Widmer Brothers Brewing, which as part of the Craft Brew Alliance is home to the largest brewery in Portland city limits, has closed its on-premises pub/tasting room. From Widmer's Facebook page:
We are sad to announce that the Widmer Brothers pub will close its doors to the public today. This was a very hard decision to make, especially as we reflect on the pub’s past and plan an exciting future for the brewery, where our team will continue to brew your favorite Widmer Brothers beers.

Unfortunately, despite our best efforts to evolve the pub concept over the years, our pub has experienced profitability challenges. When the pub first opened in 1996, there were only a handful of breweries in the city. Today, there are over 115 breweries in the Portland Metro area. With that increased competition, we have struggled to make the pub financially sustainable.

The beer landscape in Oregon has changed dramatically over the past few years, but even so, this is something of a shock. The Widmer Pub—which used to be a full-service restaurant called the Widmer Gasthaus before a recent remodel—was the place to try Widmer's small-run beers. These beers, which you wouldn't ordinarily see around town too often, were by and large excellent, and more adventurous and stylistically varied than their big sellers.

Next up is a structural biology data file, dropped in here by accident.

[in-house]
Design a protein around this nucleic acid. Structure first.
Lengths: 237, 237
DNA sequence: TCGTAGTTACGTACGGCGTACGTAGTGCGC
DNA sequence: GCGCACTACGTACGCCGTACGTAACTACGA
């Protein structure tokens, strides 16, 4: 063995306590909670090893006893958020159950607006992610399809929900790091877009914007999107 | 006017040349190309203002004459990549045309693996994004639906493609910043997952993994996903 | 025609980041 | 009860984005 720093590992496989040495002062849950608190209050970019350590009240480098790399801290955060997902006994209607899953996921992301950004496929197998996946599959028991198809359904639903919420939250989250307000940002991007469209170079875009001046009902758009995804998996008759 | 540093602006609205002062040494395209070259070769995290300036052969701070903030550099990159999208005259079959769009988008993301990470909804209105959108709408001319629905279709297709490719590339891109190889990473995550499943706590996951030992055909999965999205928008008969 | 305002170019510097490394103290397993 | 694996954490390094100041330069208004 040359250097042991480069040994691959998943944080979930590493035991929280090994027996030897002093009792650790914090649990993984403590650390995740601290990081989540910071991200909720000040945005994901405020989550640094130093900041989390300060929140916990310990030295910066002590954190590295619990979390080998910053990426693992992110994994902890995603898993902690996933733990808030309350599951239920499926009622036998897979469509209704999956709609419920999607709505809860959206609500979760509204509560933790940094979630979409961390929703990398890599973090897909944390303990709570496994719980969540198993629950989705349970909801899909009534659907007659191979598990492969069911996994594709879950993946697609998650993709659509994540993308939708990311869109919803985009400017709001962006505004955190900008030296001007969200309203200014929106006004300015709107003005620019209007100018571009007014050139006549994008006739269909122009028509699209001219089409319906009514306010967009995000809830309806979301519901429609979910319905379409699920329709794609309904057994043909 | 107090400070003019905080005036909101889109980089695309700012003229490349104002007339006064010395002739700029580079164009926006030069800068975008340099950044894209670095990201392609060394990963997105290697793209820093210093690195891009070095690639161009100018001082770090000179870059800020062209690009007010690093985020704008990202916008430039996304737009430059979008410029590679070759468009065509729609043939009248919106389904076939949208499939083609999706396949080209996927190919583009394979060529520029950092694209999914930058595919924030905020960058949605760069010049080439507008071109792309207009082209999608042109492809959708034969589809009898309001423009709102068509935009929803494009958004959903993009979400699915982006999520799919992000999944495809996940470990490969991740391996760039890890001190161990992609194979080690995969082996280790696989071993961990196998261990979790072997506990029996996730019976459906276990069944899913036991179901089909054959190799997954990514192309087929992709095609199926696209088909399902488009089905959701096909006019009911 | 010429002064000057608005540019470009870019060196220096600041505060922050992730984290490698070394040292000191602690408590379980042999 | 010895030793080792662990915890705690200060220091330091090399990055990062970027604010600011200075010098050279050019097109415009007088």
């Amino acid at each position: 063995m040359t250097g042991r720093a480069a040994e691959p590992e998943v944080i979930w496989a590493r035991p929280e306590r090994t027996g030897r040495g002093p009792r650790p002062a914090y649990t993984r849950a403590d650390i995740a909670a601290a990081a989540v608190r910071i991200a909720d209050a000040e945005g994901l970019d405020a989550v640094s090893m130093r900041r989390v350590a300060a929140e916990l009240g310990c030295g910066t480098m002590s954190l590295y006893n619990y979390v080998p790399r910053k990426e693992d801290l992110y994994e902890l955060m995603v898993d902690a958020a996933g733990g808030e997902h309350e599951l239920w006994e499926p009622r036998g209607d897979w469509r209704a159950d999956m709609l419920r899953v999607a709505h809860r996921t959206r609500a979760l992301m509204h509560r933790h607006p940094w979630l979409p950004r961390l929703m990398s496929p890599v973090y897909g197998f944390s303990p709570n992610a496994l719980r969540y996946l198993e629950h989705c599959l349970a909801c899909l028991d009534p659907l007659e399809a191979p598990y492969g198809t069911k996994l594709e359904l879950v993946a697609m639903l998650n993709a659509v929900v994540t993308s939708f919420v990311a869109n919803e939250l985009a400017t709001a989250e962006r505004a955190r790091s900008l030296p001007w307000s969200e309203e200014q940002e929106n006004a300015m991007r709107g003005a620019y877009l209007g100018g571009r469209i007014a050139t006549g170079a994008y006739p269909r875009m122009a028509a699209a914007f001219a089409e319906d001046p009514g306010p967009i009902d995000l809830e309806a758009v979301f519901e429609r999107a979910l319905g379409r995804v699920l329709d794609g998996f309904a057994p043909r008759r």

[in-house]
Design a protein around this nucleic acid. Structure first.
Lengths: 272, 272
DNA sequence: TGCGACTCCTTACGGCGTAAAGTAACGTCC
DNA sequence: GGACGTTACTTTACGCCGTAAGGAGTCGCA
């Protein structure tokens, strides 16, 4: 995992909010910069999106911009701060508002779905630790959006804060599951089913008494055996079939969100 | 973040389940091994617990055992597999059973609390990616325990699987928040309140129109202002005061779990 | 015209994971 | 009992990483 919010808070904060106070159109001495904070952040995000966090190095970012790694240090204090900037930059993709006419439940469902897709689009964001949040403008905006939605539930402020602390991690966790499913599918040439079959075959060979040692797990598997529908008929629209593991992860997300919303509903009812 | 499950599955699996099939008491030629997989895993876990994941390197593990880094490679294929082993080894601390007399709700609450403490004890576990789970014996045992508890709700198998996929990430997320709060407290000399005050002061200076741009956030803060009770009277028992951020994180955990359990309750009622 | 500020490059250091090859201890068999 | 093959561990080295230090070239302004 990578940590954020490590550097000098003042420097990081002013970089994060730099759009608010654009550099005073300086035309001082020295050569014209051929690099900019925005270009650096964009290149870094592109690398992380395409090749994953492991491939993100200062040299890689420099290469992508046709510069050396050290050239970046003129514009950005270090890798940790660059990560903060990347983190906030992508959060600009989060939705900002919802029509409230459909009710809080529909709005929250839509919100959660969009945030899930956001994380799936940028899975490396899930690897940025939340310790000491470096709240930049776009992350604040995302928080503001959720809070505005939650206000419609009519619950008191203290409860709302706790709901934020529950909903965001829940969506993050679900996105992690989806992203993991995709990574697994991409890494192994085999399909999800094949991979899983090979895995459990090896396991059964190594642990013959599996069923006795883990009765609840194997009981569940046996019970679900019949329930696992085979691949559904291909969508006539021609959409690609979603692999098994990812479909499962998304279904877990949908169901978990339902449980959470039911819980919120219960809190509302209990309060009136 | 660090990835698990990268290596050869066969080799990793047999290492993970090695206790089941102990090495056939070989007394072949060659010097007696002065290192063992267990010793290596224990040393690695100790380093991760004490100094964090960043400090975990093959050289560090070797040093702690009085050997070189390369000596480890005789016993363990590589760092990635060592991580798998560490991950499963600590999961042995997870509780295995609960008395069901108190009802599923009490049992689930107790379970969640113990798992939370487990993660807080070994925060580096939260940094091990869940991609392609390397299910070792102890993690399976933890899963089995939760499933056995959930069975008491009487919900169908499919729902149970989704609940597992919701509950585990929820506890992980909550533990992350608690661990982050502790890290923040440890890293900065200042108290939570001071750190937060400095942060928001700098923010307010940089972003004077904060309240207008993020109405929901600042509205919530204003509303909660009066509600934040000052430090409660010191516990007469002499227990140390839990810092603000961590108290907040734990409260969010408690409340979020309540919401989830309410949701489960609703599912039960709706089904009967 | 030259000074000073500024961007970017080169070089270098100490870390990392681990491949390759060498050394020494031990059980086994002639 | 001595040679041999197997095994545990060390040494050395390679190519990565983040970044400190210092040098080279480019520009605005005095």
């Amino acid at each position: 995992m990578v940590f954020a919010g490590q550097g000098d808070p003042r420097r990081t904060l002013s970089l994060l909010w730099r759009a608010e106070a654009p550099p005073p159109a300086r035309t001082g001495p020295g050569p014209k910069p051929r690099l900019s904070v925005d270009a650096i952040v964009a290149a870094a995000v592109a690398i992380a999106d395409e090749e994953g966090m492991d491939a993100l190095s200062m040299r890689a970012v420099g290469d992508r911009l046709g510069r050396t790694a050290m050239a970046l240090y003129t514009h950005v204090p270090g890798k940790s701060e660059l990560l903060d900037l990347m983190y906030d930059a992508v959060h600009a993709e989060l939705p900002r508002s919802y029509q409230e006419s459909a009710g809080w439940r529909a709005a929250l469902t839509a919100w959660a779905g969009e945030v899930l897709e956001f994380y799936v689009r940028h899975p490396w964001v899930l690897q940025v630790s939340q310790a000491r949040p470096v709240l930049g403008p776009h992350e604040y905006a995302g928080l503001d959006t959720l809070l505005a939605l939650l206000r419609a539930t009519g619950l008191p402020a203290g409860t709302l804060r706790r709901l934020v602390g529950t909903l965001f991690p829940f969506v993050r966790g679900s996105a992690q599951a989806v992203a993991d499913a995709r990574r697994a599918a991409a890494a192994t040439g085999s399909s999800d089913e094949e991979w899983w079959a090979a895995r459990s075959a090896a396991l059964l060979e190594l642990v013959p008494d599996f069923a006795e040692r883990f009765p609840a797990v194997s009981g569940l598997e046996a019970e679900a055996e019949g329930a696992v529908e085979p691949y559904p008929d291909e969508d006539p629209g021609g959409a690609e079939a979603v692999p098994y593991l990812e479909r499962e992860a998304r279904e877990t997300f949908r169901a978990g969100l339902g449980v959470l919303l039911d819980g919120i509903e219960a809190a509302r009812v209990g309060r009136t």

The Widmer brand won't change much otherwise, according to the statement. The brewery has recently introduced a canning line, and you can currently find Trail Blazer-branded tallboys of their signature Hefeweizen on store shelves. The small-batch innovation brewery will still be in operation, and in a few comments to the Facebook post, Widmer's spokesperson expresses a desire to make their hard-to-find and one-off beers easier to locate at both draft accounts around the city and in cans at retailers.

As for the pub's employees, Widmer says, "With this closure, two of our full-time staff will be staying with us in new roles, and seven employees will be leaving the company. We are providing departing employees with comprehensive severance packages."